Item analysis determines whether the question should be stored, rephrased or discarded.10 It also provides feedback for the examiners to modify their questions so they are more valid and reliable for the next assessment.11,12 Well-constructed MCQs assess higher cognitive domains of Bloom’s taxonomy and differentiate the examinees’ different skills.13 Effective distractors are essential for constructing ideal MCQs. The distractors must be constructed based on a common misconception about the answer.14 Functional distractors (FDs) are options chosen by at least 5% of candidates, while non-FDs (NFDs) are options chosen by <5% of the examinees.8,9 Studying the functional status of the items is of interest as a plausible framing distractor improves the test quality.15 Improving item quality is possible by removing the item flaws and analysing the items’ real performance. This study implemented a post-validation item analysis to create a supply of valid questions for incorporation into the question bank.
Study design and setting
A cross-sectional study was conducted at the College of Medicine, University of Bisha, Saudi Arabia, from November 2019 to March 2020. The College of Medicine, University of Bisha is a 6-year-old college adopting a student-centred approach during the process of learning (innovative curriculum).
Data collection and procedure
The study targeted 250 items and 750 distractors from the examination of the haematology course administered to level five medical students for the past three consecutive academic years (2017–2020). The MCQs were constructed by subject experts according to the guideline references using an examination blueprint that aligns each item with the corresponding specific learning outcome. As per the college regulation, the examination should be approved by the student assessment committee (SAC) before utilization. The SAC is responsible for student assessments, approving of examination blueprints, examination questions and results. The SAC members are faculty experts in assessment. The SAC policies are regularly reviewed and updated. According to the SAC policy, all MCQs are newly constructed, the correct answer was allotted one mark with no negative score for the wrong response and a passing grade is 60%. The examination comprised type-A MCQs with a single best answer. Each MCQ had a stem and four options, one key (correct answer) and three distractors (incorrect responses). Possible copying from neighbouring students was avoided by appointing two invigilators with cameras in the assessment hall and ensuring a reasonable distance between students. In addition, we administered one different examination paper model for every 10 students according to the SAC policy.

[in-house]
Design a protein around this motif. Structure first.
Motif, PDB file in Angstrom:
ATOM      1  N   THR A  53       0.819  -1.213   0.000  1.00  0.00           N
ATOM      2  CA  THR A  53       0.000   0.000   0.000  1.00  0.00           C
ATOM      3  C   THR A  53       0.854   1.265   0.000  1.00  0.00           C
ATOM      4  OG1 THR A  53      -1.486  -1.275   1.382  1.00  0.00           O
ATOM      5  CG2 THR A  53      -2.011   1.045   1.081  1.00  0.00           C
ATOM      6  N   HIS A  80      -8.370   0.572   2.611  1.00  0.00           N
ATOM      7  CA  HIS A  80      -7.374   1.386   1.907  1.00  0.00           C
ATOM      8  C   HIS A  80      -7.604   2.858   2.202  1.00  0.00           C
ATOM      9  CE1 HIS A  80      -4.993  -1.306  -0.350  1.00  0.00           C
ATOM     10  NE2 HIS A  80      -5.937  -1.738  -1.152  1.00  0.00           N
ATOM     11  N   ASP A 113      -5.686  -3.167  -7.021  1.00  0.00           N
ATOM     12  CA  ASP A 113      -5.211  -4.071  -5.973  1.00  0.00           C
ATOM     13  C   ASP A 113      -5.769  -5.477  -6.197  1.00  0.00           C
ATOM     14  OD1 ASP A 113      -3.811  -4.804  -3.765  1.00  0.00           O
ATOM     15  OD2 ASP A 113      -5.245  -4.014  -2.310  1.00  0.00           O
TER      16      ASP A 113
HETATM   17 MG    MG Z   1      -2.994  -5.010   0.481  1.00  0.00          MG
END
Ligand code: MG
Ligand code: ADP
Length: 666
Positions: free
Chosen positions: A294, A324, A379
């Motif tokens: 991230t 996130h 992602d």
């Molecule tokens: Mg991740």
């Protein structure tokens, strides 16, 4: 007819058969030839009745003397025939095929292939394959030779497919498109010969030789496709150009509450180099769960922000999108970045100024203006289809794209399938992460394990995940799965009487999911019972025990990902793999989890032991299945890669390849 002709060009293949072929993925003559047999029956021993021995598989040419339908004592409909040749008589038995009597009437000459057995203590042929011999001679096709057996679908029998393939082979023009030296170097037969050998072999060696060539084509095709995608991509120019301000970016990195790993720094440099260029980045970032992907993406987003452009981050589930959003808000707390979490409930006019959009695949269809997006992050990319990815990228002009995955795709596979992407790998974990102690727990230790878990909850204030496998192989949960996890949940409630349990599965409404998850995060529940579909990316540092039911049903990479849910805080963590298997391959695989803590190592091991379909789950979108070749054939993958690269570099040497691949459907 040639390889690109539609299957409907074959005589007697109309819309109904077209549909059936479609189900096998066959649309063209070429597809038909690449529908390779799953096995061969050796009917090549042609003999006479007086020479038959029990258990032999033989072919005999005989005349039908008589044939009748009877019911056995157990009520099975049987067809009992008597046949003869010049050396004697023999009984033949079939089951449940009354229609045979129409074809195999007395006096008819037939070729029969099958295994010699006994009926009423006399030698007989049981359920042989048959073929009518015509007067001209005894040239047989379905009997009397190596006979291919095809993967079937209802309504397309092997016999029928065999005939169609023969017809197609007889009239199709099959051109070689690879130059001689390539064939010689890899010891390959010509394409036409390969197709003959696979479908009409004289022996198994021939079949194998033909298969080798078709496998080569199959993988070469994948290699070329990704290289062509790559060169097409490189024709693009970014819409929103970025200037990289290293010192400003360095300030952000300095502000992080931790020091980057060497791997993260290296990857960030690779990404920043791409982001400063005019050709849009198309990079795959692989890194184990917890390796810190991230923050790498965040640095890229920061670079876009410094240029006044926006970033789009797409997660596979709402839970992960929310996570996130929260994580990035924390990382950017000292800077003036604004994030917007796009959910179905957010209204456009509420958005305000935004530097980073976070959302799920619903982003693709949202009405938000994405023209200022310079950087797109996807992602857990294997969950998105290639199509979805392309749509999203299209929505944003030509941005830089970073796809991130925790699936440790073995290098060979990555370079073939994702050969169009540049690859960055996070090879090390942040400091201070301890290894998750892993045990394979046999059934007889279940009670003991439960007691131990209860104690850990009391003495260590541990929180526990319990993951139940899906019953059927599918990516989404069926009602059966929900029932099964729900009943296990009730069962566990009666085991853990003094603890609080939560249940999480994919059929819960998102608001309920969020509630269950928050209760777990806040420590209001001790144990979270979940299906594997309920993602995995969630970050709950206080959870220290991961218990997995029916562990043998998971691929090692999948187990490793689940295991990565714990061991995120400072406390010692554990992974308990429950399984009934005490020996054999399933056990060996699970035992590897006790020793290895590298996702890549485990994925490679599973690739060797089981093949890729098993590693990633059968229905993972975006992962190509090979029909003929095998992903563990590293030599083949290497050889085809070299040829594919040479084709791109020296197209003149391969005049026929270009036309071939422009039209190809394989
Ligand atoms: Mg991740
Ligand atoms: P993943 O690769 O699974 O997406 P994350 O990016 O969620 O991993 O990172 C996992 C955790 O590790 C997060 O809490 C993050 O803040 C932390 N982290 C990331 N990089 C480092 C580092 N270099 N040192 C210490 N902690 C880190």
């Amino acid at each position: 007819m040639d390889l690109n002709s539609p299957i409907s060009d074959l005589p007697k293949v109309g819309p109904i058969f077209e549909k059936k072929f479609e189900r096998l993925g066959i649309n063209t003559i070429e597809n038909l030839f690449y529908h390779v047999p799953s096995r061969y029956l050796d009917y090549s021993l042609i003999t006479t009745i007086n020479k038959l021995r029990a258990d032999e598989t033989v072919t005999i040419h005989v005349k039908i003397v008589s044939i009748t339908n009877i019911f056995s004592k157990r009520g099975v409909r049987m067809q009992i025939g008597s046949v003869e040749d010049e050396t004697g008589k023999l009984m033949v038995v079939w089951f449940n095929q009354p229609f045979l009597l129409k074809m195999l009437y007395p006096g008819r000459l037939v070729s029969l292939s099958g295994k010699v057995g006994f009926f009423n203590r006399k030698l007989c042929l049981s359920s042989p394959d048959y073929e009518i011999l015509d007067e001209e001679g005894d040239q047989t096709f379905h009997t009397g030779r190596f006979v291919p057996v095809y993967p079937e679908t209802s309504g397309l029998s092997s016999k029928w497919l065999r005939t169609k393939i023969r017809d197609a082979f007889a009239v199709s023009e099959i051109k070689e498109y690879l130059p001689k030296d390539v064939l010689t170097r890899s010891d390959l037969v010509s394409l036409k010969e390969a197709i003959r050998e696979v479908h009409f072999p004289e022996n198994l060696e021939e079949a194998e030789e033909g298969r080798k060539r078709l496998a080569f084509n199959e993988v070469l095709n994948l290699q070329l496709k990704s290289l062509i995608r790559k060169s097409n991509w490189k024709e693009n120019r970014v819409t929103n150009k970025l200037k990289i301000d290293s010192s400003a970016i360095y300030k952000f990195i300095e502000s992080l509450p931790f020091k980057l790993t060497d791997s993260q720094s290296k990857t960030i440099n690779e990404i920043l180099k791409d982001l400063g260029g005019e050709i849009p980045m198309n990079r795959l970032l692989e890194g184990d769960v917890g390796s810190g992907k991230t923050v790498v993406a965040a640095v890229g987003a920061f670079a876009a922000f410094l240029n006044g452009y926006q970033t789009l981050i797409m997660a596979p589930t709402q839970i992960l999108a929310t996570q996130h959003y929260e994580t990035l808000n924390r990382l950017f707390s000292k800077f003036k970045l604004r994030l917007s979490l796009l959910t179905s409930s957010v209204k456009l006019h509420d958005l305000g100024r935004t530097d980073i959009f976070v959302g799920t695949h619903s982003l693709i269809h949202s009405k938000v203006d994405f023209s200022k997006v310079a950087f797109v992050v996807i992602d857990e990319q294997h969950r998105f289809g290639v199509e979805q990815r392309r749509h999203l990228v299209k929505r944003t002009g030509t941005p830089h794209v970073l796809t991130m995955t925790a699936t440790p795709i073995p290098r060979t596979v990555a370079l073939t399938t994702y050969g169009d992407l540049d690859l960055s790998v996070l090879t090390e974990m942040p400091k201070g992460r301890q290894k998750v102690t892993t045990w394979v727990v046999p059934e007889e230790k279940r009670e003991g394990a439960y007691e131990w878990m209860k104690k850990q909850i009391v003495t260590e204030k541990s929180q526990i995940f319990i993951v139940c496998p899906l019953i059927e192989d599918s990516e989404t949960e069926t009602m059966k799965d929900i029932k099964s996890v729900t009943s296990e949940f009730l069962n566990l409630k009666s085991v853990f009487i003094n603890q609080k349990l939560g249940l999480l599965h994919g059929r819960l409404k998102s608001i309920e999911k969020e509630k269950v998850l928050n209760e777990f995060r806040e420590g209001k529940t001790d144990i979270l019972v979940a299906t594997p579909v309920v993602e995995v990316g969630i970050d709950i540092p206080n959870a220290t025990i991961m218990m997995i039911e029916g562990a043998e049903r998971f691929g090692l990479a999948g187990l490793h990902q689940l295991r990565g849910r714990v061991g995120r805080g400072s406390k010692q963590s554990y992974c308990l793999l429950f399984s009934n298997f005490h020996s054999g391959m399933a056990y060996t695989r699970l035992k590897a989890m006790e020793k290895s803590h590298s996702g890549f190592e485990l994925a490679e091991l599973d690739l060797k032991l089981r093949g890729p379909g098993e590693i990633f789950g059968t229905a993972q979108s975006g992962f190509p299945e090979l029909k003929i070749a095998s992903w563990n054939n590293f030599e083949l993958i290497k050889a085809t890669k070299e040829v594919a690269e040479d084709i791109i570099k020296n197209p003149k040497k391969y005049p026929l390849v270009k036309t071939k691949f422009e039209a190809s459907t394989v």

Post-validation item analysis
The post-validation item analysis was performed to evaluate the quality of the items using the Apperson DataLink 3000 Scanner Kit (test-scoring and reporting software). According to the results of item analysis, the SAC stored, rephrased or removed the question. The DIF I ranged from 0% to 100%. The criteria of categorization for DIF I were: a DIF >70% indicated that the item was easy, a DIF of 30%–70% was acceptable and a DIF <30% indicated a difficult item. The range of DI is 0–1. A DI <0.2 indicates a poor item, a DI of 0.2–0.34 indicates a good DI and a DI >0.35 indicates an excellent item. The DE range in four-option MCQs was from 0% to 100%. Items with three, two, one and zero NFDs had a DE of 0%, 33%, 66% and 100%, respectively.16 A KR-20 below 0.7 indicated poor examination reliability, while a KR-20 equal to or above 0.7 was considered acceptable. Questions with DIF I and DI out of the acceptable ranges usually had a low KR-20 value.17